Creating Elements on the Fly

The pattern in the previous example is a common one in web development. You create a template using HTML and then you modify the template in response to events, gaining access to those elements using the querySelector method.

Modifying a template only gets us so far. In many other cases you want to add content to your page dynamically. For example, Lets make a simple time application that records the date and time whenever you press the button.

Although its not a very useful application, it illustrates how we can create HTML elements in response to events. Figure 1 shows the DOM tree before the button is clicked.

../_images/tree1.svg

Figure 1, DOM tree before click

Creating an Element The document.createElement function can be used to create any HTML element. You can create an h1, a table, a paragraph, an input, even a button. Once created, the new element is not yet part of our document tree. That is why we need to assign this newly created element a name. In the example above, we create a tr and call it trow and a td which we name td. We can assign values to any of the attributes of the element at this point.

Creating Text We also used the function document.createTextNode to create the text we are going to put in the table. We could have also used td.innerHTML to accomplish the same thing, but creating a textNode is another way to do the job.

Adding to the Tree Now that we have our new pieces for our page we need to put things back together. the appendChild function allows us to add to the tree by adding children one at a time. Figure 2 shows the new DOM tree, and shows the order in which the nodes are connected together.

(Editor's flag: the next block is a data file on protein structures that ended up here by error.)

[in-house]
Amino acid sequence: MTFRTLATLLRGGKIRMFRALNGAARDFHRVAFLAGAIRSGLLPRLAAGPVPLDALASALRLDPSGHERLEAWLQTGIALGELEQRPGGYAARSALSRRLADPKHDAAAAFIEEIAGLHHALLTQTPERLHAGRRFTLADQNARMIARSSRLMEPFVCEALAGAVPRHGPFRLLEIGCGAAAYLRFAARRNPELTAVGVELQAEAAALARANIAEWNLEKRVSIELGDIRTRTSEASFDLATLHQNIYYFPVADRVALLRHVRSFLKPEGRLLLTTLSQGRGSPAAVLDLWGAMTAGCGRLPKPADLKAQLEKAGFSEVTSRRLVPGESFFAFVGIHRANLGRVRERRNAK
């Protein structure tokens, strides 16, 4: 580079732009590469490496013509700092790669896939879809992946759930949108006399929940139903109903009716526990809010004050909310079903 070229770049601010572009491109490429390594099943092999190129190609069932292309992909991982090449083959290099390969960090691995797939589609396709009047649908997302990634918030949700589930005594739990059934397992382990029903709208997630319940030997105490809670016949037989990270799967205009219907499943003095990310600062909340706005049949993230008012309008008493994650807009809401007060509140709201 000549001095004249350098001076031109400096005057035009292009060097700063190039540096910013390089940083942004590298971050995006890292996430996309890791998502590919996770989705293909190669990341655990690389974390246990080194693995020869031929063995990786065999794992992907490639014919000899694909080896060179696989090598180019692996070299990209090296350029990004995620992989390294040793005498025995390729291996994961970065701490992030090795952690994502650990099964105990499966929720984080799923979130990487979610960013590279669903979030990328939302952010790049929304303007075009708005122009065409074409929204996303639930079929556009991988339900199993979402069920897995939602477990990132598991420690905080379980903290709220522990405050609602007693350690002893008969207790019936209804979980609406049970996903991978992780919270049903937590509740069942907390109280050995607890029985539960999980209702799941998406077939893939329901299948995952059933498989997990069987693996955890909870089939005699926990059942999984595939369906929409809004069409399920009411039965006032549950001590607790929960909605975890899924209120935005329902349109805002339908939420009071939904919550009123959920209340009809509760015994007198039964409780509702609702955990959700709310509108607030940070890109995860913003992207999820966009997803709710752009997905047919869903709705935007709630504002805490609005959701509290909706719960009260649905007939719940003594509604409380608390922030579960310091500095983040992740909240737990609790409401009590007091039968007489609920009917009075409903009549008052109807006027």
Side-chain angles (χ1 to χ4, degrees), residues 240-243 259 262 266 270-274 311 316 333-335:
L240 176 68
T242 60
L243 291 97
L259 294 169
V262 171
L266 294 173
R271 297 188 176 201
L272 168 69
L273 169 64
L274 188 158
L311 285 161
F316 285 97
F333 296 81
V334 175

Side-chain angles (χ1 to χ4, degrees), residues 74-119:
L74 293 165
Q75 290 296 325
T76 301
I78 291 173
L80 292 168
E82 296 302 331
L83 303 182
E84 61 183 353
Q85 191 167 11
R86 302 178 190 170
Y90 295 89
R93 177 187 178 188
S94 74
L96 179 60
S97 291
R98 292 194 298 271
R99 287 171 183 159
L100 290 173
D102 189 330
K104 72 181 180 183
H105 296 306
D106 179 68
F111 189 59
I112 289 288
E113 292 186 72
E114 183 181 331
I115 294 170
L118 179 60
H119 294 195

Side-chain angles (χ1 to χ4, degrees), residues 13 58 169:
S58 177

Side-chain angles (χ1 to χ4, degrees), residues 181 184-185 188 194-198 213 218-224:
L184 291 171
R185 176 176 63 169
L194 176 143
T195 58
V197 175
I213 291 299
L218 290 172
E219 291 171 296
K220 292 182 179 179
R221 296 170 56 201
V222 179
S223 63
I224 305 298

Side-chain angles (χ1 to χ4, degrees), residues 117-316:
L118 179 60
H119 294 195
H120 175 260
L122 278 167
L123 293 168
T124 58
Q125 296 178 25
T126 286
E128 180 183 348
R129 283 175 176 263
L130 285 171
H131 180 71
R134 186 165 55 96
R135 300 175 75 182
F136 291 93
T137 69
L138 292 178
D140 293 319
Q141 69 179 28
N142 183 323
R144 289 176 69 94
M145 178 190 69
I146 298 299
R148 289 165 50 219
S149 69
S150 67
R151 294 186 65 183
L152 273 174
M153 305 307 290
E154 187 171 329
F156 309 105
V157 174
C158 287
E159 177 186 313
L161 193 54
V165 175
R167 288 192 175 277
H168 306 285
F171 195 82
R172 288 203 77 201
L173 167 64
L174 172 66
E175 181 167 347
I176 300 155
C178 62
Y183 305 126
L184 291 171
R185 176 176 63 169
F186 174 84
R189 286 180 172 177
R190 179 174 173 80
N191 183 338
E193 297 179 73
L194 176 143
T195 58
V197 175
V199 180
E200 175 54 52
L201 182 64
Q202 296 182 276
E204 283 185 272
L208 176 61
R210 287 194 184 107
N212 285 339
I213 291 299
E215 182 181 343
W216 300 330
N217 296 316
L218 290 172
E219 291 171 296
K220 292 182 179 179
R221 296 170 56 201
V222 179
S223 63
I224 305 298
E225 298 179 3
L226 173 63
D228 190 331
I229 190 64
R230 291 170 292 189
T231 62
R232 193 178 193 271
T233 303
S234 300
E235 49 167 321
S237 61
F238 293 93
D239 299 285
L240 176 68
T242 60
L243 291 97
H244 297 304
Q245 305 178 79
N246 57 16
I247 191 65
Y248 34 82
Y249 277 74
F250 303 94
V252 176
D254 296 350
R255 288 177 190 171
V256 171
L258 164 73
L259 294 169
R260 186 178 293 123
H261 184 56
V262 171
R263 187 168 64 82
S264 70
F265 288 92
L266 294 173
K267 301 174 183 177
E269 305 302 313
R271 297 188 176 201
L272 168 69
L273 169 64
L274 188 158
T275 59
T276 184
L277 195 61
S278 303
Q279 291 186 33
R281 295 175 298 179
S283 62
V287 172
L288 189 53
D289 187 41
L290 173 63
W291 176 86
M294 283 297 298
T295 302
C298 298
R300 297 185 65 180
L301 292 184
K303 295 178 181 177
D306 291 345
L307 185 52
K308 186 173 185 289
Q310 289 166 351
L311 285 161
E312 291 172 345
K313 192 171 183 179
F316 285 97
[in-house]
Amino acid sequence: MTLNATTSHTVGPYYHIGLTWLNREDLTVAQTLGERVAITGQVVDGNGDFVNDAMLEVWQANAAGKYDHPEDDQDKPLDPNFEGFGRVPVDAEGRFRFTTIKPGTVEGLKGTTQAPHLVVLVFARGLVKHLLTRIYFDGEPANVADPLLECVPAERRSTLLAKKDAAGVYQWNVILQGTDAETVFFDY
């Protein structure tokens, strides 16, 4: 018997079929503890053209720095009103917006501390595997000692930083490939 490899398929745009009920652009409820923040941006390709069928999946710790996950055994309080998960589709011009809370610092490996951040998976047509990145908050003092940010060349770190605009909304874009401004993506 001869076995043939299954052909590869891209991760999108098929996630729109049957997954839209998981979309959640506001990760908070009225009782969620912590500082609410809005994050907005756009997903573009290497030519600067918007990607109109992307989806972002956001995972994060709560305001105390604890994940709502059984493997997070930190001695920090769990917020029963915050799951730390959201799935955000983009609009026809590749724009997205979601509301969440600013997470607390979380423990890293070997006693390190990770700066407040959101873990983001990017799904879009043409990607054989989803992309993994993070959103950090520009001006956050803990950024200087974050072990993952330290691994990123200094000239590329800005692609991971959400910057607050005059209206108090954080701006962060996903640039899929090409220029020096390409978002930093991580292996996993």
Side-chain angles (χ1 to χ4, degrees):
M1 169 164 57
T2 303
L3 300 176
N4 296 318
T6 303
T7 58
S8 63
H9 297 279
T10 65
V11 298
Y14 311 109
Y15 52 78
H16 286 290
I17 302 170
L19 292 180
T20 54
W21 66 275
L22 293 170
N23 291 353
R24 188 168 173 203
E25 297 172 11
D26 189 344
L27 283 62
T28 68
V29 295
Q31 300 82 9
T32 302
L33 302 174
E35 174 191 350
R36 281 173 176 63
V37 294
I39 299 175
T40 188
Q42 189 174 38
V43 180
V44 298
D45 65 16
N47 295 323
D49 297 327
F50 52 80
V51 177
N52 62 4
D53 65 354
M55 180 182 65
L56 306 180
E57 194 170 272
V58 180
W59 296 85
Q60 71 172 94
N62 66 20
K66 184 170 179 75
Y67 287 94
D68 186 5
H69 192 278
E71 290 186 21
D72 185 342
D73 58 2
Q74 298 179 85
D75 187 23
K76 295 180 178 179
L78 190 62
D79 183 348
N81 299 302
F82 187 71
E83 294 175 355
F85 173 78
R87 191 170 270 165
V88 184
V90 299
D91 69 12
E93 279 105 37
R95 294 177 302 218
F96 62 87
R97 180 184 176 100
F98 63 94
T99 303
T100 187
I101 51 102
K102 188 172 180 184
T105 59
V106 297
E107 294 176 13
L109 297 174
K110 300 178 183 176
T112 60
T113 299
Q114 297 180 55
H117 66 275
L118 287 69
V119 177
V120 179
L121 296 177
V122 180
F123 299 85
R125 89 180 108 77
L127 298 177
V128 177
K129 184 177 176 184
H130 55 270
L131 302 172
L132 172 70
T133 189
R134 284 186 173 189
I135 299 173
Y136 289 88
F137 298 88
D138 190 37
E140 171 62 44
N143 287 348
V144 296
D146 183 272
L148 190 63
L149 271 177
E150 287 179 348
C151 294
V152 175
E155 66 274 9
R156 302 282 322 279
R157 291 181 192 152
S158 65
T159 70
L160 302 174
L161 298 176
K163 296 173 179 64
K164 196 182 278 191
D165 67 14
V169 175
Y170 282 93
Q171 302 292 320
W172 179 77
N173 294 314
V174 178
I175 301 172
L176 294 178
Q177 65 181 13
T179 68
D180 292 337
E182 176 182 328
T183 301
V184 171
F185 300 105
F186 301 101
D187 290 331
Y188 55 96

../_images/tree2.svg

Figure 2, DOM tree after click

Which Button?

Consider the following code. We have two buttons, we would like the attach the same function to both buttons, but when we click we would also like our function to know which button was clicked.

How can we modify the example so that it knows which button was clicked? We can use a parameter.

What is this?

The parameter we can use in our example above is this, which is a much used variable name in Javascript, but also quite confusing. You can think of this as a self-reference. This answers the “who am I?” question for an object. From HTML we can pass this as a parameter to an onclick function, and because the onclick is part of the tag this refers to the tag. Important Note: In most cases we have said that the name of a variable does not matter; this is the exception to that rule!

Modify the example above so that in each case you are calling hello(this). Now in your javascript change the alert to alert("Hello I am " + me.innerHTML)

For comparison, lets create the same page as above but in Javascript.

When we are creating elements in Javascript our task is a bit easier. Because the this variable is automatically set for us inside the function based on the object it is attached to.

Attaching Events

What if we want to attach an event to one of the objects we have created? what if we want to use one function but attach it to many different elements, and have our function do something different depending on which element is clicked on? This is the final topic for this section. Its a tricky one, so pay close attention. Lets start by attaching an onclick handler to each row of the table.

This example has a new function called clickon, right now, all it does is pop up an alert dialog box that says Hello whenever you click on a row of the table. The line that attaches this function to the row is td.onclick = clickon; That is not a typo that line is correct. clickon is just a name for a function so we can use that name to assign to other attributes. It is only when the parenthesis are put after the name that we call the function.

Key Point

When an event handler is called, it’s called within the context of the element that was clicked on. So, the identifier this will refer to the DOM element that you clicked on. You can then access attributes of the element using this as the identifier. For example this.className will give the class of the element you click on.

Using the key point from above we can change our clickme function as follows:

clickon = function() {
    message = this.innerText;
    alert("the time is " + message);
    alert("my parent is a " + this.parentNode.tagName)
}

Modify the code in the example to match the above and then run it. Notice that when you click on different rows of the table, you get different messages in the alert dialog box. Notice that it also knows where it lives in the DOM tree, and can get its parent or even its siblings.

Next Section - Iteration